Monthly Archives: October 2014

[This is the first of a series of entries in my Jerusalem Journal–observations and opinions arising from an eight-day trip my husband Jonathan and I took to Israel in mid-October so he could attend the annual conference of the International Association for Psychoanalytic Self Psychology.  We had some adventures together, and as you will learn if you read later entries, I had some of my own, in Jerusalem and in other parts of Israel and Palestine (aka the West Bank). The series will appear as I am able to gather my thoughts and feelings–I have plenty of both and they need to be sorted, sifted, and organized.]

I have been circling around this for several days, like a dog trying to find the right spot to lie down. I have puzzled about my reluctance to begin, until I realized that I have carried back, inside myself, the tension that underlays everything in Israel and Palestine.

Just using the word Palestine can land you in a controversy. Israel’s government does not recognize a sovereign nation called Palestine. Neither does the U.S. government for that matter. In law, such a nation does not exist. And yet it does. Some call it the West Bank, others the Palestinian Territories.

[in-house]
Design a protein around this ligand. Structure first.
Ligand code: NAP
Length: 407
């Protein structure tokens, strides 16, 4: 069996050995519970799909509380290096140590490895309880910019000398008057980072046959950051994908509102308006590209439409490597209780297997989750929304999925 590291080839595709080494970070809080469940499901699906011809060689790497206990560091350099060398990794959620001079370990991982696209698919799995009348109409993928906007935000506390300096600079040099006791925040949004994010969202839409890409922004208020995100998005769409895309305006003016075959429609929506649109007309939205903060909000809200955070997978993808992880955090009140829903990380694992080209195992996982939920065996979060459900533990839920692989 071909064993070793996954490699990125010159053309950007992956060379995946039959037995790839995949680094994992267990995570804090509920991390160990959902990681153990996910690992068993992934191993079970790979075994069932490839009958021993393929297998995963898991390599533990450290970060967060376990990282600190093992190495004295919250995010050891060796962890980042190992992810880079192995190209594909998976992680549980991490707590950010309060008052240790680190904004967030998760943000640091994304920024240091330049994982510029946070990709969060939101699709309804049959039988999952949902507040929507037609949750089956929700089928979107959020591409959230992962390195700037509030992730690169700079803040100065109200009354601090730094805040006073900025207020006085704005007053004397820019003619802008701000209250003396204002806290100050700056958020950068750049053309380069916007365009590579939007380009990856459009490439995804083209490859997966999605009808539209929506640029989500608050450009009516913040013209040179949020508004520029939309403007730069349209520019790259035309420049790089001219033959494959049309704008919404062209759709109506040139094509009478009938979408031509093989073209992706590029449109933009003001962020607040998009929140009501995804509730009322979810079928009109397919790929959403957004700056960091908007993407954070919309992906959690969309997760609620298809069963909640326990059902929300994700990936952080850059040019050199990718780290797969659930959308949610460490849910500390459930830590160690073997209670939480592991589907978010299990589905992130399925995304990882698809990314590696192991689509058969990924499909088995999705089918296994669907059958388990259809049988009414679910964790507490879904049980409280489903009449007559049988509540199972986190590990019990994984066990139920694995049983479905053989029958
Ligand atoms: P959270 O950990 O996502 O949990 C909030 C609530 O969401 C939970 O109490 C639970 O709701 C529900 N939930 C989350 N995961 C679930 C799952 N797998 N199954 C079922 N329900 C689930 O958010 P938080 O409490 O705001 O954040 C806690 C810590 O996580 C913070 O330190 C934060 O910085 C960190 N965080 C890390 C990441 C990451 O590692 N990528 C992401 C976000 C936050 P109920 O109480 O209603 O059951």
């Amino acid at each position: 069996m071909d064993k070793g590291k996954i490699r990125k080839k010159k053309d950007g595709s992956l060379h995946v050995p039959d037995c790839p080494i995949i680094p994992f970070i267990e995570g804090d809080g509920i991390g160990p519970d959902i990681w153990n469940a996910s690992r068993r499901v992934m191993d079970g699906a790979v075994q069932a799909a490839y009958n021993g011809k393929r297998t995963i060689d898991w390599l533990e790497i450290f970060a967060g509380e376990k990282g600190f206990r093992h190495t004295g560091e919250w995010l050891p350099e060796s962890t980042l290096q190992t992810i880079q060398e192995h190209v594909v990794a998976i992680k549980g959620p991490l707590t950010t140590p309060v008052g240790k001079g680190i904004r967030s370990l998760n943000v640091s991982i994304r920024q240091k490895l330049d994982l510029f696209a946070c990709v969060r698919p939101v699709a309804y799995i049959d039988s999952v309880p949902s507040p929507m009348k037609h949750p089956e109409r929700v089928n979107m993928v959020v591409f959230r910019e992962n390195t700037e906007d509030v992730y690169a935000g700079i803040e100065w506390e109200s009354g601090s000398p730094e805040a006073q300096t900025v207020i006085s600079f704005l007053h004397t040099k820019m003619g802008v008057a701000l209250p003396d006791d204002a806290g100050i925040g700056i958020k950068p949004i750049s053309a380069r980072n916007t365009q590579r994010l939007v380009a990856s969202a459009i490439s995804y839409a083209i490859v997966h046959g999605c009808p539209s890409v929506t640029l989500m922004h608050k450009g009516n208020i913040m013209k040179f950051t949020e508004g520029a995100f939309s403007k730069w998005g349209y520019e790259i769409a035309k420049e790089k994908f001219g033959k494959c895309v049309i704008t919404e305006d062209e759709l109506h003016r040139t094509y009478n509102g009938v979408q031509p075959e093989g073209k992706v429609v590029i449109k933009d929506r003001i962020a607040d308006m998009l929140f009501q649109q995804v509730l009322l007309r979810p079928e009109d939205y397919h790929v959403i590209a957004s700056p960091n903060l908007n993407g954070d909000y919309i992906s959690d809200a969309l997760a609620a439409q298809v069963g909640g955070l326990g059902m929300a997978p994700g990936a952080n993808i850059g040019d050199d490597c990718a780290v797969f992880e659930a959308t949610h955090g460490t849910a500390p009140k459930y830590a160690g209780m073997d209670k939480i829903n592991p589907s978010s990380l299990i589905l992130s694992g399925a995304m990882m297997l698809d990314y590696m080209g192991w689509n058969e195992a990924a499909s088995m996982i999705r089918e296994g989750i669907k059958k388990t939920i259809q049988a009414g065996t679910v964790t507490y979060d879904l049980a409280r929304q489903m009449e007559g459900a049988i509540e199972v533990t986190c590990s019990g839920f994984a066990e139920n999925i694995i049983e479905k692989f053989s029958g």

Those two latter terms recognize the reality that although Palestinian leaders–the Palestinian Authority or Hamas–have some authority in certain areas, they do not exercise full governmental authority anywhere. Their ability to govern is always conditioned on the forbearance of the Israeli government–either its civil authority emanating from Tel Aviv or the omnipresent Israel Defense Force (IDF).

So the society–it is in many ways one society, even though it is deeply divided into two–is governed by, and runs internally on, tension.

Western Wall, where Jews go to pray, with the dome of Al-Aqsa Mosque, where Muslims pray (part of the third holiest site for Muslims in the world), in the background. Not visible, to the left, is the Dome of the Rock.

Western Wall, where Jews go to pray, with the dome of Al-Aqsa Mosque, where Muslims pray (part of the third holiest site for Muslims in the world), in the background. Not visible, to the left, is the Dome of the Rock.

Lest you think I am only critical of how Israel’s dominance produces so much of, although far from all, this tension, let me be clear: the trauma of Jews for two millenia, if not longer–the trauma of feeling always unwanted and unwelcome, indeed of being vulnerable not just to Nazi Holocausts but also to everyday violation–makes the Israeli desire to dominate and control, and own, every part of the land, quite understandable.

Trauma is, I think, the operative word here, but of not just for Jews. The Palestinians experience every day the trauma of living on, or agonizingly close to, the land that once was fully theirs but now belongs mostly to someone else. So many live in ugly, marginal, secondhand spaces only a stone’s throw (I use the term deliberately) from where they used to live the much richer, natural lives that had belonged to them and their ancestors for generations. So the trauma is everywhere.